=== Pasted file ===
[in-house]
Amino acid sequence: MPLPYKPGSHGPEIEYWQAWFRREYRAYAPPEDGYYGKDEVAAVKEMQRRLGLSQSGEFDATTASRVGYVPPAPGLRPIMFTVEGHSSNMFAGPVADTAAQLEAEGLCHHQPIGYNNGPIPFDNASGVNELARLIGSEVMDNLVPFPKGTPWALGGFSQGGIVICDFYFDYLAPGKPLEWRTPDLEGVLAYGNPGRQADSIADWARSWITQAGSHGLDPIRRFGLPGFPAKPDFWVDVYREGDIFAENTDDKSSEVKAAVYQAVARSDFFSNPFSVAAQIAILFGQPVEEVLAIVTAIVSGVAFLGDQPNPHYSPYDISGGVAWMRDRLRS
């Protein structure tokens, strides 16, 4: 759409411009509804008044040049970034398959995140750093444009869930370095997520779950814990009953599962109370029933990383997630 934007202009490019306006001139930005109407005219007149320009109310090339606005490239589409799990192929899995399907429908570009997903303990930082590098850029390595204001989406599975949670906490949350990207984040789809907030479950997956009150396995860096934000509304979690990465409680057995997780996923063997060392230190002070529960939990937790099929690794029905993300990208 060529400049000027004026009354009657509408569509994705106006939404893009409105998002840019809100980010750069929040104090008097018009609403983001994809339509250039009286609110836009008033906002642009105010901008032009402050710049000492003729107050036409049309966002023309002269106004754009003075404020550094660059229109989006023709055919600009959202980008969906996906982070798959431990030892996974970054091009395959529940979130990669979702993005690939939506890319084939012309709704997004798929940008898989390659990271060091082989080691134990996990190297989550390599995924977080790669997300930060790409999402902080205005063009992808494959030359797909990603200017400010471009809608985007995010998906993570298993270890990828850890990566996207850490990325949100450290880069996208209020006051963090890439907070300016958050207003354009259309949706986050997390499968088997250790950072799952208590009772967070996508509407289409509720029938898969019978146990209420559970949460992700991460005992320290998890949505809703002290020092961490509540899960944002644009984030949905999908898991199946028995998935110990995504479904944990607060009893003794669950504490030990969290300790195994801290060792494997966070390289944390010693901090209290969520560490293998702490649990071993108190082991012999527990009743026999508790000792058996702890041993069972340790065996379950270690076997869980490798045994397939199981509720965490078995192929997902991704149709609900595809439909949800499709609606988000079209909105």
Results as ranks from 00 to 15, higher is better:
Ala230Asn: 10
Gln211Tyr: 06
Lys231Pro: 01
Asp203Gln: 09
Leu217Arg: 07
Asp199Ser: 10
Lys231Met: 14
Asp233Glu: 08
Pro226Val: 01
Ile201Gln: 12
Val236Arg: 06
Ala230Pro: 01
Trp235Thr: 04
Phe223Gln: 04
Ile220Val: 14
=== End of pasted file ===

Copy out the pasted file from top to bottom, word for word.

[in-house]
Amino acid sequence: MPLPYKPGSHGPEIEYWQAWFRREYRAYAPPEDGYYGKDEVAAVKEMQRRLGLSQSGEFDATTASRVGYVPPAPGLRPIMFTVEGHSSNMFAGPVADTAAQLEAEGLCHHQPIGYNNGPIPFDNASGVNELARLIGSEVMDNLVPFPKGTPWALGGFSQGGIVICDFYFDYLAPGKPLEWRTPDLEGVLAYGNPGRQADSIADWARSWITQAGSHGLDPIRRFGLPGFPAKPDFWVDVYREGDIFAENTDDKSSEVKAAVYQAVARSDFFSNPFSVAAQIAILFGQPVEEVLAIVTAIVSGVAFLGDQPNPHYSPYDISGGVAWMRDRLRS
């Protein structure tokens, strides 16, 4: 759409411009509804008044040049970034398959995140750093444009869930370095997520779950814990009953599962109370029933990383997630 934007202009490019306006001139930005109407005219007149320009109310090339606005490239589409799990192929899995399907429908570009997903303990930082590098850029390595204001989406599975949670906490949350990207984040789809907030479950997956009150396995860096934000509304979690990465409680057995997780996923063997060392230190002070529960939990937790099929690794029905993300990208 060529400049000027004026009354009657509408569509994705106006939404893009409105998002840019809100980010750069929040104090008097018009609403983001994809339509250039009286609110836009008033906002642009105010901008032009402050710049000492003729107050036409049309966002023309002269106004754009003075404020550094660059229109989006023709055919600009959202980008969906996906982070798959431990030892996974970054091009395959529940979130990669979702993005690939939506890319084939012309709704997004798929940008898989390659990271060091082989080691134990996990190297989550390599995924977080790669997300930060790409999402902080205005063009992808494959030359797909990603200017400010471009809608985007995010998906993570298993270890990828850890990566996207850490990325949100450290880069996208209020006051963090890439907070300016958050207003354009259309949706986050997390499968088997250790950072799952208590009772967070996508509407289409509720029938898969019978146990209420559970949460992700991460005992320290998890949505809703002290020092961490509540899960944002644009984030949905999908898991199946028995998935110990995504479904944990607060009893003794669950504490030990969290300790195994801290060792494997966070390289944390010693901090209290969520560490293998702490649990071993108190082991012999527990009743026999508790000792058996702890041993069972340790065996379950270690076997869980490798045994397939199981509720965490078995192929997902991704149709609900595809439909949800499709609606988000079209909105």
Results as ranks from 00 to 15, higher is better:
Ala230Asn: 10
Gln211Tyr: 06
Lys231Pro: 01
Asp203Gln: 09
Leu217Arg: 07
Asp199Ser: 10
Lys231Met: 14
Asp233Glu: 08
Pro226Val: 01
Ile201Gln: 12
Val236Arg: 06
Ala230Pro: 01
Trp235Thr: 04
Phe223Gln: 04
Ile220Val: 14